Wednesday, November 29, 2017

Chasing "The Next Big Thing" Is The Worst Thing For Cycling

A Schwinn Collegiate from an old Schwinn catalog
 NOTE: Large doses of "my opinion" will be handed out in gloppy dollops today. You've been forewarned....

I used to have a job as a jeweler where I sat at a bench making, fixing, and designing jewelry next to a man that was a good friend of mine. He was married, I was not. I wasn't in any hurry to get engaged either. He thought I was being complacent. He said I was like a catfish, waiting for whatever came downstream. He thought I needed to be more proactive in finding a mate. It caused no end of discussions between us.

Well, that may seem like an odd story to bring up to lead into a story about cycling, but the industry has, for decades, been like me in the 1980's. Slow or just not about looking for "mates". The cycling industry wasn't proactive, and it hasn't been very much good at getting out there and trying to find cyclists until recently. What it has done is to sit complacently and react, for the most part.

Take the 70's bike boom. The catalyst for the massive uptick in bicycle sales during that time was not a result of creative efforts of the cycling industry. It was a reaction to demand which was brought on by the fuel crisis of 1973 and the fitness boom. Then, after millions of bikes were sold, did the industry advocate for ways and places to use them? No. They just raked in cash and thought it was going to last forever, one would think.

Later, about a decade later, some enterprising Californians decided that off road cycling was fun, and that bicycles built on a mass production scale were a good idea. Grassroots growth caused a sector to flower called "mountain biking". It was a "fad" some industry pundits said wouldn't last. It wasn't picked up right away by some of the bigger companies in cycling, and in the end, they were wrong. Obviously.....because they eventually made these bikes all about racing.

Then a thing called "free riding" came along, an offshoot of mountain biking that was more about having fun. It eschewed the then NORBA type bikes and racing culture for that of one based upon back country riding and "fun". (Imagine that. Fun, like the late 70's mtb'ers were having, perhaps?) This morphed into the long travel mtb scene which was dominated by smaller companies, not the big three, not until much later. Meanwhile a counter-culture based on single speed mountain bikes was bubbling along, largely ignored by the cycling industry. Added to this was the beginnings of the 29"er craze, a grassroots driven move toward bigger diameter wheels. None of these things were picked up on by the cycling industry who were content to keep pushing out the same old 26"er designs and road bikes, both based upon racing styles.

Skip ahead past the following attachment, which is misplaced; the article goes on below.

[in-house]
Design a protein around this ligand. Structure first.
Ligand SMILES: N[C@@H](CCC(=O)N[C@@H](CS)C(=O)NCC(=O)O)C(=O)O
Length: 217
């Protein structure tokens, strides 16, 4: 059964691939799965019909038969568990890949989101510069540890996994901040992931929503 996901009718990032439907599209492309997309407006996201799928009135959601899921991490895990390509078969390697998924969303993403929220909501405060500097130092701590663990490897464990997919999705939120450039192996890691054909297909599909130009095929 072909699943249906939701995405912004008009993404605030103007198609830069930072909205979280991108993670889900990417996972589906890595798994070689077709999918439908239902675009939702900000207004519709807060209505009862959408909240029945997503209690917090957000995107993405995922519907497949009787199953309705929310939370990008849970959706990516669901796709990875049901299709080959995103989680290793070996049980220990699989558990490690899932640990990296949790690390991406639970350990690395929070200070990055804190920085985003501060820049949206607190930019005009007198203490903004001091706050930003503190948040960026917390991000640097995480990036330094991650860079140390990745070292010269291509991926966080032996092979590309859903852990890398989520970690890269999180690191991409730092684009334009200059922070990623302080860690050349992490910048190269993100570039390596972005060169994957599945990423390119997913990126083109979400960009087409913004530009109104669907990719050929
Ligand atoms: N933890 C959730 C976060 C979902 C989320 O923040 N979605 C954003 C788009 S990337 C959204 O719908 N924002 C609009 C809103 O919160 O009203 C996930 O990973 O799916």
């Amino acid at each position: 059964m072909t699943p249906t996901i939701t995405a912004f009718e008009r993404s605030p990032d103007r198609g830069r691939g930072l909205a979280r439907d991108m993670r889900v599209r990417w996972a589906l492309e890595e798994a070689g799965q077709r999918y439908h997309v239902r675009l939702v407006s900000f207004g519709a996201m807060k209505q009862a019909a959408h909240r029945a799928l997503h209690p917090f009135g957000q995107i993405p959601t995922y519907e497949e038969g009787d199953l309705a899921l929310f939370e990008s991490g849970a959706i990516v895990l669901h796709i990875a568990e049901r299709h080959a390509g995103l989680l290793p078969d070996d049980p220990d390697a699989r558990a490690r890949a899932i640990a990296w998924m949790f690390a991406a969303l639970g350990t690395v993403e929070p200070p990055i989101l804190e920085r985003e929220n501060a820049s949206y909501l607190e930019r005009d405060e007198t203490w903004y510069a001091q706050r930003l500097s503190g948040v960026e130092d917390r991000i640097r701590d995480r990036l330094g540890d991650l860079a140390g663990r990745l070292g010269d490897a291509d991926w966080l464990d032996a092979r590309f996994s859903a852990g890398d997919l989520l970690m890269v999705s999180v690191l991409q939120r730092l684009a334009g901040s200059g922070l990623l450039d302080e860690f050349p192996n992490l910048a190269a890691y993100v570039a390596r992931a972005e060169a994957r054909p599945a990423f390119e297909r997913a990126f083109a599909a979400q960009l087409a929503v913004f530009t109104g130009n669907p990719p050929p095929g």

Then we had "The Lance Effect". Nuff said.....

29"ers were resisted by many companies until they reacted to Trek/Gary Fisher's success with them.
The cycling industry finally did react, but not to all of those movements, especially after road bike sales started to fade. With the huge shift that 29"ers brought, it kind of stuck the industry in overdrive to find "the next big thing". Remembering the halcyon days of the bike boom of the 70's and the early  to mid-90's mtb boom, and the fading road bike sector in America, the industry reached for anything it could to recreate another boom. No way were they going to miss out again like many companies did on 29"ers.

This has led to "knee jerk" reactions in the industry which have led to over-saturation of product, consumer misunderstanding, and a general mistrust of anything actually good and new in the industry. The first haymaker the industry threw was fat bikes. Then when that bubble burst they sent up the 27.5"er long travel bikes, or "enduro" rigs. When that didn't take off all over the industry jumped on "plus" sized tires, and then gravel/all-road bikes. What was going to be next?

E-bikes, that's what. Specifically, e-mtbs. But once again, while sales numbers are reported to be wildly successful, you can bet your bottom dollar that just like all the other "next big things", this one will have the rug pulled out from under it too.

The e-mtb is what the industry is betting on now.
Thinking about mountain bikes, the industry should thank and continue to support the institutions that are keeping mountain biking alive. Without IMBA, several local associations, and newer developments like NICA, mountain biking access, and therefore the sport, may have faded away years ago. What's weird is that the industry doesn't get more behind how and where people ride other bikes. There have been efforts here and there, but for a long time the cycling industry sat on their hands and did nothing to help.